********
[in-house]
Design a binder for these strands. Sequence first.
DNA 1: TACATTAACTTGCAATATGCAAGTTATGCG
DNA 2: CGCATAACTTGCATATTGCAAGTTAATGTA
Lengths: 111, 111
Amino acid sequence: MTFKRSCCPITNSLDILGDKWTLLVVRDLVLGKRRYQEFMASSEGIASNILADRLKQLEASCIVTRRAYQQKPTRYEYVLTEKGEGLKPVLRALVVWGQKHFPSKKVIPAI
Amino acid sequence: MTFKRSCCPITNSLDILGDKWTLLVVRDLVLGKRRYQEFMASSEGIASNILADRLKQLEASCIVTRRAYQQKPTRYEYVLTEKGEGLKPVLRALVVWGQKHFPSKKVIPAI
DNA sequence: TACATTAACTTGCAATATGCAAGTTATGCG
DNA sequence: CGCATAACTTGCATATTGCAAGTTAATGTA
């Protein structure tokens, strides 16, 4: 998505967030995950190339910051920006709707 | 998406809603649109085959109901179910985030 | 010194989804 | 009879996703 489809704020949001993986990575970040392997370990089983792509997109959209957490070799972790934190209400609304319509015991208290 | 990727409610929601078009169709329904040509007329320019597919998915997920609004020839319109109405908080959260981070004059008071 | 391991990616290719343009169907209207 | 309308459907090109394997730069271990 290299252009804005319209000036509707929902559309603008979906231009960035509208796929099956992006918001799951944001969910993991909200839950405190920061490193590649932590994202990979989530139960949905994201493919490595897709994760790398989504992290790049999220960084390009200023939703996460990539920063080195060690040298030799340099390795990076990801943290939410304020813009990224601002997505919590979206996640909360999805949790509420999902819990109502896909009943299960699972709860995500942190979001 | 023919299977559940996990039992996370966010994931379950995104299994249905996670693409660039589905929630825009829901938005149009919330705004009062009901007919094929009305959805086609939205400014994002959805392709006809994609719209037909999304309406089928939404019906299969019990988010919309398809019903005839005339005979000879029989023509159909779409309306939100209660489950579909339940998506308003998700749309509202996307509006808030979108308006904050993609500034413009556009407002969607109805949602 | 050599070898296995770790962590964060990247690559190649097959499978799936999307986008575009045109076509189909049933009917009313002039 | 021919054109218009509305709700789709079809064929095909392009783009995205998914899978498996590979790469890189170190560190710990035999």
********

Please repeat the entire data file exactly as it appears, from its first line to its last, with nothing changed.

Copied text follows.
[in-house]
Design a binder for these strands. Sequence first.
DNA 1: TACATTAACTTGCAATATGCAAGTTATGCG
DNA 2: CGCATAACTTGCATATTGCAAGTTAATGTA
Lengths: 111, 111
Amino acid sequence: MTFKRSCCPITNSLDILGDKWTLLVVRDLVLGKRRYQEFMASSEGIASNILADRLKQLEASCIVTRRAYQQKPTRYEYVLTEKGEGLKPVLRALVVWGQKHFPSKKVIPAI
Amino acid sequence: MTFKRSCCPITNSLDILGDKWTLLVVRDLVLGKRRYQEFMASSEGIASNILADRLKQLEASCIVTRRAYQQKPTRYEYVLTEKGEGLKPVLRALVVWGQKHFPSKKVIPAI
DNA sequence: TACATTAACTTGCAATATGCAAGTTATGCG
DNA sequence: CGCATAACTTGCATATTGCAAGTTAATGTA
């Protein structure tokens, strides 16, 4: 998505967030995950190339910051920006709707 | 998406809603649109085959109901179910985030 | 010194989804 | 009879996703 489809704020949001993986990575970040392997370990089983792509997109959209957490070799972790934190209400609304319509015991208290 | 990727409610929601078009169709329904040509007329320019597919998915997920609004020839319109109405908080959260981070004059008071 | 391991990616290719343009169907209207 | 309308459907090109394997730069271990 290299252009804005319209000036509707929902559309603008979906231009960035509208796929099956992006918001799951944001969910993991909200839950405190920061490193590649932590994202990979989530139960949905994201493919490595897709994760790398989504992290790049999220960084390009200023939703996460990539920063080195060690040298030799340099390795990076990801943290939410304020813009990224601002997505919590979206996640909360999805949790509420999902819990109502896909009943299960699972709860995500942190979001 | 023919299977559940996990039992996370966010994931379950995104299994249905996670693409660039589905929630825009829901938005149009919330705004009062009901007919094929009305959805086609939205400014994002959805392709006809994609719209037909999304309406089928939404019906299969019990988010919309398809019903005839005339005979000879029989023509159909779409309306939100209660489950579909339940998506308003998700749309509202996307509006808030979108308006904050993609500034413009556009407002969607109805949602 | 050599070898296995770790962590964060990247690559190649097959499978799936999307986008575009045109076509189909049933009917009313002039 | 021919054109218009509305709700789709079809064929095909392009783009995205998914899978498996590979790469890189170190560190710990035999």